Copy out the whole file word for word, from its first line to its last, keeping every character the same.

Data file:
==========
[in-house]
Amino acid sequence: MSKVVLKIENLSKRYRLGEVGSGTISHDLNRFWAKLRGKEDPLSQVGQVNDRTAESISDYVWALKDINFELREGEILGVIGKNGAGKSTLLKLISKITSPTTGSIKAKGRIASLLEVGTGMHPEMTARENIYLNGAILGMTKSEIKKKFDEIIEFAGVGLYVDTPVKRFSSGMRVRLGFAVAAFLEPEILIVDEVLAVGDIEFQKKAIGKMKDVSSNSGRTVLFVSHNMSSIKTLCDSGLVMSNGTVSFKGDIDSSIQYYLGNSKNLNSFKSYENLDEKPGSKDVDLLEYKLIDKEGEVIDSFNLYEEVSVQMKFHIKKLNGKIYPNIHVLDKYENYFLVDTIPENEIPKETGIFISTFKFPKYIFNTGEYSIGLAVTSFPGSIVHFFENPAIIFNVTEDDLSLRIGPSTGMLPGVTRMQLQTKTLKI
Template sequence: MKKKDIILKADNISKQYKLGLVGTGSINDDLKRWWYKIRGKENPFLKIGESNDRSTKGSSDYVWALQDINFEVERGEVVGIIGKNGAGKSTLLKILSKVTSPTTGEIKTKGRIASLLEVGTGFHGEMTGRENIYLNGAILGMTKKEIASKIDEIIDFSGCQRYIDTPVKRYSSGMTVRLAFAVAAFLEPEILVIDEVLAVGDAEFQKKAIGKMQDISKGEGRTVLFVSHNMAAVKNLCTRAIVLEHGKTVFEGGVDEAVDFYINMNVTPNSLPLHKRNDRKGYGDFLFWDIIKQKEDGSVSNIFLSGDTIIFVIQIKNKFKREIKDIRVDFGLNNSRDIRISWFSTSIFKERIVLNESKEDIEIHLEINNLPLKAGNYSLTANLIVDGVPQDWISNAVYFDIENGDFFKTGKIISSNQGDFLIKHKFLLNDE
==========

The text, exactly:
[in-house]
Amino acid sequence: MSKVVLKIENLSKRYRLGEVGSGTISHDLNRFWAKLRGKEDPLSQVGQVNDRTAESISDYVWALKDINFELREGEILGVIGKNGAGKSTLLKLISKITSPTTGSIKAKGRIASLLEVGTGMHPEMTARENIYLNGAILGMTKSEIKKKFDEIIEFAGVGLYVDTPVKRFSSGMRVRLGFAVAAFLEPEILIVDEVLAVGDIEFQKKAIGKMKDVSSNSGRTVLFVSHNMSSIKTLCDSGLVMSNGTVSFKGDIDSSIQYYLGNSKNLNSFKSYENLDEKPGSKDVDLLEYKLIDKEGEVIDSFNLYEEVSVQMKFHIKKLNGKIYPNIHVLDKYENYFLVDTIPENEIPKETGIFISTFKFPKYIFNTGEYSIGLAVTSFPGSIVHFFENPAIIFNVTEDDLSLRIGPSTGMLPGVTRMQLQTKTLKI
Template sequence: MKKKDIILKADNISKQYKLGLVGTGSINDDLKRWWYKIRGKENPFLKIGESNDRSTKGSSDYVWALQDINFEVERGEVVGIIGKNGAGKSTLLKILSKVTSPTTGEIKTKGRIASLLEVGTGFHGEMTGRENIYLNGAILGMTKKEIASKIDEIIDFSGCQRYIDTPVKRYSSGMTVRLAFAVAAFLEPEILVIDEVLAVGDAEFQKKAIGKMQDISKGEGRTVLFVSHNMAAVKNLCTRAIVLEHGKTVFEGGVDEAVDFYINMNVTPNSLPLHKRNDRKGYGDFLFWDIIKQKEDGSVSNIFLSGDTIIFVIQIKNKFKREIKDIRVDFGLNNSRDIRISWFSTSIFKERIVLNESKEDIEIHLEINNLPLKAGNYSLTANLIVDGVPQDWISNAVYFDIENGDFFKTGKIISSNQGDFLIKHKFLLNDE